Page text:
With an unnamed ‘Budget airline’  - let’s call it Bryanair for convenience sake - for example, from the time I have selected the flights to the time I have confirmed is 6 minutes (Assuming I have already entered my contact and billing details. Payment details will still need to be entered). Furthermore I have had to make 4 clicks on the first page, click through one unnecessary reminder, bypass an unwanted advertising page for car rental and select payment type and click ‘Purchase now’ at the bottom of the page. I also know that if I was to make the Bryanair purchase I would then have additional information to enter due to the fact that I was theoretically booking a flight to Spain and they need additional passenger information for Spanish destinations.

So let’s look at this;
Amazon: Potential cost of goods £3279 (if I was to purchase, for example, the Canon EOS D1 camera body). Number of clicks 3. Time 11 seconds
Bryanair: Potential cost of goods £159. Number of clicks 8 (minimum). Time 6 minutes.

Who would look at these and suggest that Bryanair has sorted out their processes to the benefit of the customer? In fact who would look at many on-line retailers and say that they are customer focused? I purchase quite extensively from the web and - with the exception of Amazon and Tesco - I find the on-line purchasing to be generally user unfriendly.

It appears as if many companies have designed their processes around an existing bricks-and-mortar method of dealing with customers and have then transferred that directly to the web. Let’s take the example above of airline ticket buying. After selecting my flights and telling them I didn’t want insurance, how many bags I wanted to check in and whether I wanted to check in on-line or at the airport, I was confronted with a message asking me if I was sure I wanted to continue without insurance. This was despite the fact that in order to continue to this point I had to physically click a drop-down box on the screen and select ‘No insurance’ as an option. Surely if I have physically selected ‘No Insurance’ then reminding me about taking out insurance is just supposed to annoy me, right? Now had I not selected anything in that field it is possible that I had overlooked this option and would need reminding. But not when I have made a choice and indicated this already. This smacks of the ‘old’ way of doing things with an estate agent where they would ask you as part of their purchasing spiel whether insurance was wanted and then remind you later on in case you had changed your mind. Once this warning was dispatched on the airline site I was then confronted with a whole page unrelated to the airline that related to booking car hire. All the details were filled in already, but there was no choice of providers and the rates being quoted are - I know from experience - quite preposterous.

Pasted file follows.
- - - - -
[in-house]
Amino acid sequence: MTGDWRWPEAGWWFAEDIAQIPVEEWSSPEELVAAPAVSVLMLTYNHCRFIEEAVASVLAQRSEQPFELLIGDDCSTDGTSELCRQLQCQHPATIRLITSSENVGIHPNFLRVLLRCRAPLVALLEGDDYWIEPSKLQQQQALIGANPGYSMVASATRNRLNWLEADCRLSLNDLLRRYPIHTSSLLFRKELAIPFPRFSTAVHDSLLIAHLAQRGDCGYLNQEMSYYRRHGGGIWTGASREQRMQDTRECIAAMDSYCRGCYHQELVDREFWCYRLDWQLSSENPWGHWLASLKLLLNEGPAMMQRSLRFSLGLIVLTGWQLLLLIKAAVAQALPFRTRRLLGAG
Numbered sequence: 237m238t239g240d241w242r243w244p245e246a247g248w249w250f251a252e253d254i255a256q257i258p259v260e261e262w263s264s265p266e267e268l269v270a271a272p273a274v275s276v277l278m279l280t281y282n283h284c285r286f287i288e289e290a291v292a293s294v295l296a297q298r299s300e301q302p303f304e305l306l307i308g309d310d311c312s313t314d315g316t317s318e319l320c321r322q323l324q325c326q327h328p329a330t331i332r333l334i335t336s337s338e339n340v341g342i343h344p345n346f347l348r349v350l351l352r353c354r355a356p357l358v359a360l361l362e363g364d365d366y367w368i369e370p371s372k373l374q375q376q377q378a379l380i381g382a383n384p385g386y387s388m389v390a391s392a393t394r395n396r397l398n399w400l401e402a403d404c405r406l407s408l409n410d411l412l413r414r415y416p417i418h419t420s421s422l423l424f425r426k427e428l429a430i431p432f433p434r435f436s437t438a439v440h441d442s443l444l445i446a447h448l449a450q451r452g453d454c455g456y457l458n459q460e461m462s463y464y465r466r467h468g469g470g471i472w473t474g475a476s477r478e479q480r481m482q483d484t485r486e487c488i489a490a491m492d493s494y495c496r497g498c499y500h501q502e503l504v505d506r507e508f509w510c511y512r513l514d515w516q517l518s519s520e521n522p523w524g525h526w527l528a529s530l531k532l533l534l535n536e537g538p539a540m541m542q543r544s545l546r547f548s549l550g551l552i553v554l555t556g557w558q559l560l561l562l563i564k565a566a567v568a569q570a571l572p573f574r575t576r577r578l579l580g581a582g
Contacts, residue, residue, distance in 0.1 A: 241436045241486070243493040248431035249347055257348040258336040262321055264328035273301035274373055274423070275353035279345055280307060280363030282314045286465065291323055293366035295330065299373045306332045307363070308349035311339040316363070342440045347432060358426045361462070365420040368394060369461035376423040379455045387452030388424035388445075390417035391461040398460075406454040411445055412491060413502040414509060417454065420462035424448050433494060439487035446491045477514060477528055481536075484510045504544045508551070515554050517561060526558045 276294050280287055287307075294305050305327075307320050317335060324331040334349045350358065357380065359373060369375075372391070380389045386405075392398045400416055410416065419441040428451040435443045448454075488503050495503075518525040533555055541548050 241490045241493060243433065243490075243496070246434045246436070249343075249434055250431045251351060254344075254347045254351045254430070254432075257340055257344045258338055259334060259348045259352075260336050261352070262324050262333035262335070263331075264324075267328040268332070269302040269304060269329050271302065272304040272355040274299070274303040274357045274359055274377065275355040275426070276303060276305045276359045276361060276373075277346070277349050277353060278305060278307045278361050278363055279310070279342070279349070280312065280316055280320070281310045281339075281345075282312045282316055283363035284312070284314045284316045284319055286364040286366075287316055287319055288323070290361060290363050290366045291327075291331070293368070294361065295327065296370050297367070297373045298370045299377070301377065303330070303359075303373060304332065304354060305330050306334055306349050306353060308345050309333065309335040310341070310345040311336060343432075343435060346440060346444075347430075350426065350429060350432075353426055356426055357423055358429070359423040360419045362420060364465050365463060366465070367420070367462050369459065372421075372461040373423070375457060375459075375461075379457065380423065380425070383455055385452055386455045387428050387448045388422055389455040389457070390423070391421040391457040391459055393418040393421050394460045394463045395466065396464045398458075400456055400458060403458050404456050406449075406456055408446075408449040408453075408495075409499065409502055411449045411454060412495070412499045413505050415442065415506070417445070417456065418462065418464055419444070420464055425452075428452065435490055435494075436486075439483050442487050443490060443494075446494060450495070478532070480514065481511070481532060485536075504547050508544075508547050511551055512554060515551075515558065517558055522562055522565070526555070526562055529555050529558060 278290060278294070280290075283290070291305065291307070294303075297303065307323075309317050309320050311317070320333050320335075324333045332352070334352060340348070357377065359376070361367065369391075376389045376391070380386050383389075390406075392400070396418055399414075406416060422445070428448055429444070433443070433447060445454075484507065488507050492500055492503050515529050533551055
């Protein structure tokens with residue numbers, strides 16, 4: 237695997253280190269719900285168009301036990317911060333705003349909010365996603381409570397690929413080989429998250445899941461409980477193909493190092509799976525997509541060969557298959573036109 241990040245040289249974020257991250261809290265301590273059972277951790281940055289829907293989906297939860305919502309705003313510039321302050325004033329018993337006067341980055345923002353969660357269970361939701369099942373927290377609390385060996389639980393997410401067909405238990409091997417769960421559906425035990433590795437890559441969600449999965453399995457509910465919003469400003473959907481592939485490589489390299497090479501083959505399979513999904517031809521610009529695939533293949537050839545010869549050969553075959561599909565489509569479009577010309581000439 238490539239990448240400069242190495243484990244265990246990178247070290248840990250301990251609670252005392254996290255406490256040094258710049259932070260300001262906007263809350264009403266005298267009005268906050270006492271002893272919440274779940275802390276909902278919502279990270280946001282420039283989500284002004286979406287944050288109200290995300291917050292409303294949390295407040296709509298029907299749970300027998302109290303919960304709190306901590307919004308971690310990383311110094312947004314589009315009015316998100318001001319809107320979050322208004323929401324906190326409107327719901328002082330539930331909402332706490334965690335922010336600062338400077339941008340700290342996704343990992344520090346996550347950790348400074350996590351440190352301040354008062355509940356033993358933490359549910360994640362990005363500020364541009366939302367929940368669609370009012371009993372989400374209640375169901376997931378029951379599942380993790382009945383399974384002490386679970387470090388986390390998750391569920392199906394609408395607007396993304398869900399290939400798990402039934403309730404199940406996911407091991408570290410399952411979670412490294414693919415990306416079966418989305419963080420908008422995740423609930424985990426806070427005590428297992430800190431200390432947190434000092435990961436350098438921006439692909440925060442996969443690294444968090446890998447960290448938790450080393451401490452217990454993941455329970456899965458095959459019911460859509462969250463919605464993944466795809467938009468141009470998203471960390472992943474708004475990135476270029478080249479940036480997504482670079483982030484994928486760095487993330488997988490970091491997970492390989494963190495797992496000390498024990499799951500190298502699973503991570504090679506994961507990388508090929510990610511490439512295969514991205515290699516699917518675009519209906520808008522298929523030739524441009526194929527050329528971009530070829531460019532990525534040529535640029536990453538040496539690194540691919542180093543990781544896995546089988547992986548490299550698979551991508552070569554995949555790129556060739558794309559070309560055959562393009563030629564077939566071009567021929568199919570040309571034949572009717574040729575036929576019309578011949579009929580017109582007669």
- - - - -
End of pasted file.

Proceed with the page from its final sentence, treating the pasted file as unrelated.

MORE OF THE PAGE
Amazon on the other hand have designed their purchasing process to be customer focused from the ground up. ‘One-click’ ordering takes the hassle out of buying things, preloading information makes the purchasing process simple and little items such as ‘Customers who bought items in your list also bought...’ are invaluable.

How good is your customer purchasing process?

How good are your other customer facing processes? Are the optimised for the medium they are using or are they electronic versions of old-fashioned bricks-and-mortar processes?

Could you do better?

Reminder: 'The Perfect Process Project Second Edition' is now available. Don't miss the chance to get this valuable insight into how to make business processes work for you. Click this link and follow the instructions to get this book.

All information is Copyright (C) G Comerford See related info below